|Graph (above, Figure 2) from: Bassett, Jr., et al.,
Walking, cycling, and obesity rates in Europe, North America, and Australia, Journal of Physical Activity and Health, 5, 795-814
Bicycles have been around for a long time. There is a sketch for an early bicycle design in one of Leonardo da Vinci’s pupils’ notebooks from 1493. Over the years bicycles have been upgraded and modified, moving from being a luxury of the wealthy to the transportation of the masses. The advent of cars slowed bicycle usage in industrialized countries, but in less economically developed countries bicycles are still a primary mode of transporting people and goods. Likewise the production of bicycles has remained nearly double that of cars.
For many countries bicycles are at the front lines of public health, they just may not realize it. The US has been watching a steady rise in obesity rates as a result of inactivity and unhealthy diet choices. Many states and cities are working to implement programs to increase bike usage including: Rails to Trails projects, Bike sharing in Washington DC and Nashville, as well as increased bike lanes linking residential areas to commercial zones. These programs will all have a big impact of the health of the US population. The CDC states that the number on strategy for increasing physical activity is shifting from car trips to walking or biking. Bicycling Magazine notes that new bicycle commuters can expect to lose up to 13 pounds their first year of biking to work.
|Graph (above, Figure 4) from: Pucher, J., et al., 2010
Walking and cycling to health: A comparative analysis of city, state, and international data, American Journal of Public Health, published online ahead of print
The benefits are huge, but that doesn’t always make it easy for people to jump right on a bike. A recent study led by Dr. John Pucher of Rutgers University found a direct correlation between percentages of adults with diabetes and percentages of commuters biking or walking to work in 47 of the 50 largest US cities (Walking and Cycling for Health, August 2010). To state the obvious, the increase in programs that promote bike usage and the increase in people biking will have a very positive effect on the health of populations
However, the US isn’t the only country working to get its citizens moving. Copenhagen (Denmark), known for being a biking city, launched “You won’t believe it… You’re safer on the bicycle than on the sofa!” A campaign run by the city’s Public Health office, their goal was to get more people biking to work instead of taking their car for a short trip. The campaign told Copenhagen residents, “Lack of movement in everyday life is harmful to health, while physical activity keeps the body healthy. Daily exercise for at least 30 minutes prolongs life by up to 5 years, and cycling can thus help to prolong life.” Even as a strong biking city even Copenhagen felt the need to better educate and mobilize its population. As can easily be guessed Denmark has a low rate of obesity at 9.5%.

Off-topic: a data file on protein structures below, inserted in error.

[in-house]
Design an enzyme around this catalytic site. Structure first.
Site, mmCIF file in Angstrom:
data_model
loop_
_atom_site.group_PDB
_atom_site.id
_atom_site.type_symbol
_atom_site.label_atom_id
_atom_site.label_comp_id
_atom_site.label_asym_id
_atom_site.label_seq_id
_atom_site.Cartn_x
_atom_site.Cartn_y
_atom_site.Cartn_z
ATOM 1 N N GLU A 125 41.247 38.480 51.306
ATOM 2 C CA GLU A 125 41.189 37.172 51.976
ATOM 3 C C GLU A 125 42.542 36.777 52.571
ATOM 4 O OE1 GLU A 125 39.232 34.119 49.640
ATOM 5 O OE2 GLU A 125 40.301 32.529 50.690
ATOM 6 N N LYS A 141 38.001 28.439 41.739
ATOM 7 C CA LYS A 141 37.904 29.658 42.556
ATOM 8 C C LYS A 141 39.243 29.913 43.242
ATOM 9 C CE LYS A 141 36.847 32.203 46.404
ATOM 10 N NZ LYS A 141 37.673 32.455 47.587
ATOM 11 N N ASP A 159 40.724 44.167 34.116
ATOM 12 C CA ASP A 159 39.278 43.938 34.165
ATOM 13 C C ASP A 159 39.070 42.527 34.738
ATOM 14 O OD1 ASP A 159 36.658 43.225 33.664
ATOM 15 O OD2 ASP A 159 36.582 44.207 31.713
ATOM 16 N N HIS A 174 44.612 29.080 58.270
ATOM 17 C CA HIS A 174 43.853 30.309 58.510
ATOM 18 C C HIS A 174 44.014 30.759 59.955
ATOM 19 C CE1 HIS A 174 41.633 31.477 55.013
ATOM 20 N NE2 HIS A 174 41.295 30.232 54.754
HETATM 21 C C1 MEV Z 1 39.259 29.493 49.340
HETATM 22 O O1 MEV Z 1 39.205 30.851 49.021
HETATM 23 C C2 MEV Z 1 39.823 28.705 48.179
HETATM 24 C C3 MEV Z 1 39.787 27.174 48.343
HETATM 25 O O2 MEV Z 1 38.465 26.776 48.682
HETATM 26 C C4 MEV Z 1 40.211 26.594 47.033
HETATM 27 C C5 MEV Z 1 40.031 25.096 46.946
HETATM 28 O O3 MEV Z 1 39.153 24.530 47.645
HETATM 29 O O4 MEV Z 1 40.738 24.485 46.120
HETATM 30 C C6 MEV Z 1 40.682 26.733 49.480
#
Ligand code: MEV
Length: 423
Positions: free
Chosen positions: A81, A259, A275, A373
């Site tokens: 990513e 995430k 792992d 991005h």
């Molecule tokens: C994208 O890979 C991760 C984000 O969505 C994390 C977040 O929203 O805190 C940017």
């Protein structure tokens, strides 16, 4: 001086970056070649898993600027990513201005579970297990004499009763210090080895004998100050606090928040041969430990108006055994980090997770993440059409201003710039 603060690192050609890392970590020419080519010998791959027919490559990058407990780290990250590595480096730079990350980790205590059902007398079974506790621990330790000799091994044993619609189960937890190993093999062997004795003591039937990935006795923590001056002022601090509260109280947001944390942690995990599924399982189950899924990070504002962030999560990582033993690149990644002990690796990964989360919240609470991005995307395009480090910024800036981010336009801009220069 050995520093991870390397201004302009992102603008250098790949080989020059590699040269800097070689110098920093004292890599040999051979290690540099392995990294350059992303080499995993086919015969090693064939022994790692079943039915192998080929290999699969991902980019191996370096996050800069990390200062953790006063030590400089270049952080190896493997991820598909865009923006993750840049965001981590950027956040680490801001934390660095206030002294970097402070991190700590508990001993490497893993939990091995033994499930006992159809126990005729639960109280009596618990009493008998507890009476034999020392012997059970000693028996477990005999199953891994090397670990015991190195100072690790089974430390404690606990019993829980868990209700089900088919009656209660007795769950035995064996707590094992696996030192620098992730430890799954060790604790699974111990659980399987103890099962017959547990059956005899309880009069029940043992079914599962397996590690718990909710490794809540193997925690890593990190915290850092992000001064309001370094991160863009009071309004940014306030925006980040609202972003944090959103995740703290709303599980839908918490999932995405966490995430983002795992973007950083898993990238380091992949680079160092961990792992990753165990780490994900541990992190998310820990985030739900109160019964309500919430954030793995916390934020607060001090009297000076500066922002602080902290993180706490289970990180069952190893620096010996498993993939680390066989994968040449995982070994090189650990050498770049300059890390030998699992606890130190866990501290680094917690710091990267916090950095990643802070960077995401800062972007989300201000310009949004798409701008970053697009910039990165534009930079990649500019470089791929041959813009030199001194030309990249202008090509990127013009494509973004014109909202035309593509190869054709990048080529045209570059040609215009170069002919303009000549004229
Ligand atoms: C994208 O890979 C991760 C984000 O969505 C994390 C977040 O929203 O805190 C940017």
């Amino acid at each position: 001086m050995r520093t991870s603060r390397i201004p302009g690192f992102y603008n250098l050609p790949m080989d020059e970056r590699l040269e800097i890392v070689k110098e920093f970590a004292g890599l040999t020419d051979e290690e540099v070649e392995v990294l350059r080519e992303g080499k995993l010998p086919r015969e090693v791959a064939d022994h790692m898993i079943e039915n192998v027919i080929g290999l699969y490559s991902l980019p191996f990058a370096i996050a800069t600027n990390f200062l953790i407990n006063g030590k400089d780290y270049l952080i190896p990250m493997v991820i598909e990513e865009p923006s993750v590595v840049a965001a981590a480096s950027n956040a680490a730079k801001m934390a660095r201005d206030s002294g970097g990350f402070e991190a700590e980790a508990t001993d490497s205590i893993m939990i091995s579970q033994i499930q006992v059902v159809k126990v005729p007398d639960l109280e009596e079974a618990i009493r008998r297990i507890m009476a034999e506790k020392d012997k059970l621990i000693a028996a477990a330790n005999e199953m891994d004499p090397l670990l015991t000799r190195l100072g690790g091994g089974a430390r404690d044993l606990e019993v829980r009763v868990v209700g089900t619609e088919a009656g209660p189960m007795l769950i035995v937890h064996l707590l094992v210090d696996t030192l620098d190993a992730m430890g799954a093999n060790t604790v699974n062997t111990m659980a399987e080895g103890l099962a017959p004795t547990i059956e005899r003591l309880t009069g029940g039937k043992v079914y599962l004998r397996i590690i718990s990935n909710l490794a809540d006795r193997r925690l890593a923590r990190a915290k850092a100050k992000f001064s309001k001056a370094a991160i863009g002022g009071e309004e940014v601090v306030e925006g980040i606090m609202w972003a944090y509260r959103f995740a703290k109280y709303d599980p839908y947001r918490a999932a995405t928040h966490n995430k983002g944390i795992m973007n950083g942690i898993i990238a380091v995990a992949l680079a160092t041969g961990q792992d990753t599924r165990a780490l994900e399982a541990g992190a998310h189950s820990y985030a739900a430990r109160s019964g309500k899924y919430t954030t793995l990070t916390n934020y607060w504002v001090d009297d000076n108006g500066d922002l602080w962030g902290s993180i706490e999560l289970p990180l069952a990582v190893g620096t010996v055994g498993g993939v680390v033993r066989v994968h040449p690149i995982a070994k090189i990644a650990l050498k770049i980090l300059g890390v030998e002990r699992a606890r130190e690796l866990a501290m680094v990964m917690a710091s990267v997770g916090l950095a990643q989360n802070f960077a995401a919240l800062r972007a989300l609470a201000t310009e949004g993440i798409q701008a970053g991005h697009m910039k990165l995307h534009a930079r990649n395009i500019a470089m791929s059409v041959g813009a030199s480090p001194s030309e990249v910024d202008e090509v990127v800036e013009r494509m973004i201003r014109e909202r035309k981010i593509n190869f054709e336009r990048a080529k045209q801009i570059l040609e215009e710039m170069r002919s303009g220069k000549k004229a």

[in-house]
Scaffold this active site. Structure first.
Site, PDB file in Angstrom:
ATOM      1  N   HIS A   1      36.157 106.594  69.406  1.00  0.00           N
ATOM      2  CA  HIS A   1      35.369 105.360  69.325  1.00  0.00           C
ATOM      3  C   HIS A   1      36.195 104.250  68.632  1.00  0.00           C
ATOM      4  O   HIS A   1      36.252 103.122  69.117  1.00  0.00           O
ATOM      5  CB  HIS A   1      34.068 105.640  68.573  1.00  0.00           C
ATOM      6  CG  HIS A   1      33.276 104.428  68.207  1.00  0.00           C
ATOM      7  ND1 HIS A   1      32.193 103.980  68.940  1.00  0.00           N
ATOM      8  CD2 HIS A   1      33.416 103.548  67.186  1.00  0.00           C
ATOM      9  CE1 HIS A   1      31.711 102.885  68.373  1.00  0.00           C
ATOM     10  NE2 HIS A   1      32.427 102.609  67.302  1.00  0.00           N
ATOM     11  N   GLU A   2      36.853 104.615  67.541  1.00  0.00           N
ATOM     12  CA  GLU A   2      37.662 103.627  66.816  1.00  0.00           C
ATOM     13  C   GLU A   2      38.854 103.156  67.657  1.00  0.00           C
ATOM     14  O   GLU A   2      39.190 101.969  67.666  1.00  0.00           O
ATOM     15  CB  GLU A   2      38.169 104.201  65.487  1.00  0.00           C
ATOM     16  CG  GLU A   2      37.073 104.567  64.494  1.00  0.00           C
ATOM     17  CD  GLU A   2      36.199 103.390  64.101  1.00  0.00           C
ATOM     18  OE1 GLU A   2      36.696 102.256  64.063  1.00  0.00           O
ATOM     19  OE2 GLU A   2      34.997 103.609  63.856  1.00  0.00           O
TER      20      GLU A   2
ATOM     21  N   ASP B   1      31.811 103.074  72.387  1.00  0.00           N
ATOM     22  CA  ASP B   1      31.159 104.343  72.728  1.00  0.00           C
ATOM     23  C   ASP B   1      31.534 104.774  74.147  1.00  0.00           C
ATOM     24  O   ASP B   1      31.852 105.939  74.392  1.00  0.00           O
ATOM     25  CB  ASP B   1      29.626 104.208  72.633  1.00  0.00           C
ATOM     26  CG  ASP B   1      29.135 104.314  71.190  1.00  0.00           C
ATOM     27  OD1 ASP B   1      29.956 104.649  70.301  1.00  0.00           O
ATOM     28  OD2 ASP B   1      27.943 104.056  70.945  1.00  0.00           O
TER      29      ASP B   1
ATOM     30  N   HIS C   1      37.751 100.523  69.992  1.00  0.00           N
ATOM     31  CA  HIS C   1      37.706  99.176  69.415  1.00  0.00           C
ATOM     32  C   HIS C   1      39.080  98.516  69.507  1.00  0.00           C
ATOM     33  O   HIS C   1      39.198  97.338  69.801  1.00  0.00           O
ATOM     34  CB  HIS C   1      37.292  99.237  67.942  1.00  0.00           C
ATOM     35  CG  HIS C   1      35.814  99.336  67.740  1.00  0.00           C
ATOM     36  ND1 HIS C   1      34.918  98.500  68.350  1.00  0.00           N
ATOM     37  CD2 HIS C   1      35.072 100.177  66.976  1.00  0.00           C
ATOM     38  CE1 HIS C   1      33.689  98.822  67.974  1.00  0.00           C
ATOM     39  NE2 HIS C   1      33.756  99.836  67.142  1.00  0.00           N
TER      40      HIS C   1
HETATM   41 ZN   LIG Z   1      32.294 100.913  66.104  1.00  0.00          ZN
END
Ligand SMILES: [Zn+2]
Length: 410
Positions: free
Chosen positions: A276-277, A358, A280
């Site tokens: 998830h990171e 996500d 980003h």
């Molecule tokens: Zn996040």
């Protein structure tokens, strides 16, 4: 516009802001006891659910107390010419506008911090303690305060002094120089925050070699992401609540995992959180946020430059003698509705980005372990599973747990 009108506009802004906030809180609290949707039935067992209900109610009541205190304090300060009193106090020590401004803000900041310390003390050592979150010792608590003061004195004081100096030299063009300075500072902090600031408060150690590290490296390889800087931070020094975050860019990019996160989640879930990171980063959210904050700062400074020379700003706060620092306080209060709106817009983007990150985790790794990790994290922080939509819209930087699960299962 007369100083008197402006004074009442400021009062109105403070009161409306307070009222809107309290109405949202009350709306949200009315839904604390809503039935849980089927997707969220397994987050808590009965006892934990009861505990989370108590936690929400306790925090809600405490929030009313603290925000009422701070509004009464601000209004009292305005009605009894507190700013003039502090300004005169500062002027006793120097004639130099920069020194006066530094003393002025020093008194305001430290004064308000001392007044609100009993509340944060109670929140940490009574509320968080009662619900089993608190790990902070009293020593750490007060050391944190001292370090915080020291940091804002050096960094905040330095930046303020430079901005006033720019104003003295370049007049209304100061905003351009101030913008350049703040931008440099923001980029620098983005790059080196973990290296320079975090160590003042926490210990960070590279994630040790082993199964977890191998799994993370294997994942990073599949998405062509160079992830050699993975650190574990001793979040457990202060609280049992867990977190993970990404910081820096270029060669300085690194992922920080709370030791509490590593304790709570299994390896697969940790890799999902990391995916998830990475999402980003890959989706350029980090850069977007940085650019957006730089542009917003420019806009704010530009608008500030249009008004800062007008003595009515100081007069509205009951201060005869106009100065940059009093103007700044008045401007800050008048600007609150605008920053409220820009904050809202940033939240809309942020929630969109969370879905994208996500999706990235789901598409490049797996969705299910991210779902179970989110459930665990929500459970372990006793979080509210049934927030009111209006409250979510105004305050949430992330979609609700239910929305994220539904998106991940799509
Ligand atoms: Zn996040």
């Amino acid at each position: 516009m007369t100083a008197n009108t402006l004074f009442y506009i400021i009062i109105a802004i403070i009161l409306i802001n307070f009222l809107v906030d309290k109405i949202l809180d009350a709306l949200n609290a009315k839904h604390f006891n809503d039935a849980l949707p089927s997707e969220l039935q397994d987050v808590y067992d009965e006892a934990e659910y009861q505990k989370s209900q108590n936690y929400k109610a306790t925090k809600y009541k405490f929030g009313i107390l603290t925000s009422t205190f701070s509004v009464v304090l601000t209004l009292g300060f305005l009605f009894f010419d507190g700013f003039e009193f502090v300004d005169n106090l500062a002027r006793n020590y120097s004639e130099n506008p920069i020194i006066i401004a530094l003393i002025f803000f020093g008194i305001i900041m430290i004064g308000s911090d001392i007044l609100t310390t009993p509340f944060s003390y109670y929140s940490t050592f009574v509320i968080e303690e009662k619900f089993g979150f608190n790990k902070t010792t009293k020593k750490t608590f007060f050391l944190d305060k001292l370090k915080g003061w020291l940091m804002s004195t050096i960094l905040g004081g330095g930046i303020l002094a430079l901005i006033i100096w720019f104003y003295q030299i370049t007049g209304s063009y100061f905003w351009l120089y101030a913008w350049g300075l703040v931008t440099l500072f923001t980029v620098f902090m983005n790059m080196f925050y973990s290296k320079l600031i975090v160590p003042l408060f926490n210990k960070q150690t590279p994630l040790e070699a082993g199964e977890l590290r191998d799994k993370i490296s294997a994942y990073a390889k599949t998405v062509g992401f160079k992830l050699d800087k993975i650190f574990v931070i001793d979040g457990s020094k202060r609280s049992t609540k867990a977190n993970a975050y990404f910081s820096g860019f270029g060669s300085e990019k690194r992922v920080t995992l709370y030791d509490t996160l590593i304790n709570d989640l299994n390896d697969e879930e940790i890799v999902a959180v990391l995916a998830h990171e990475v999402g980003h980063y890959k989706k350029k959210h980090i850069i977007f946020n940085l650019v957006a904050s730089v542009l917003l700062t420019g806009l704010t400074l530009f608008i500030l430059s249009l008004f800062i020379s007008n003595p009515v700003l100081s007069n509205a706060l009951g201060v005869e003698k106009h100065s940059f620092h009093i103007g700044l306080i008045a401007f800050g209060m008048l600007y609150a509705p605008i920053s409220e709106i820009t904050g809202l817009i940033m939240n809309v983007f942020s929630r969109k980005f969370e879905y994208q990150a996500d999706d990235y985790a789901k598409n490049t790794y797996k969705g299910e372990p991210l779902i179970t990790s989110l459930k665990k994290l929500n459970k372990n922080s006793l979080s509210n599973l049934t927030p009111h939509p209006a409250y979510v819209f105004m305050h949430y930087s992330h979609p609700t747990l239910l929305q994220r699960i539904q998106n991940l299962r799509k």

In “developing” countries of the world obesity rates aren’t the greatest health risk, nor is low physical activity often a common unhealthy lifestyle. The health risks in “developing” countries are often related to access to health services and emergency transportation. Surely this isn’t an area where bicycles can have an impact!
In many low resource setting around the world, Community Health Workers (CHWs) travel from village to village, home to home to deliver health education and services. In many places CHWs rely on bicycles as their only means of getting from one place to another. Bikes Without Borders highlights the work of CHWs in Malawi utilizing bikes to increase their effectiveness and to help more people. Bicycles for Humanity collects almost 50,000 bikes a year and sends them to organizations that distribute them most often to healthcare workers and women. Since women do a majority of traveling in “developing” countries, a bike can help them to transport themselves, water containers, and goods to market.
Bicycles have even been modified to serve as ambulances in areas where there is no emergency transportation. The Bicycle Empowerment Network (BEN) in Namibia has implemented a very effective model for faster transportation where there is none. Drivers of the bicycle ambulances come from local organization and they receive training on use and maintenance.
Whether it is in the post-industrial cities of the US, modern cities of Europe, or in some of the world’s poorest regions, the simplest transportation technology can have huge impacts on the future health of our population.
Featured on the Americans for Informed Democracy Blog, where I’m blogging as a Global Health Analyst.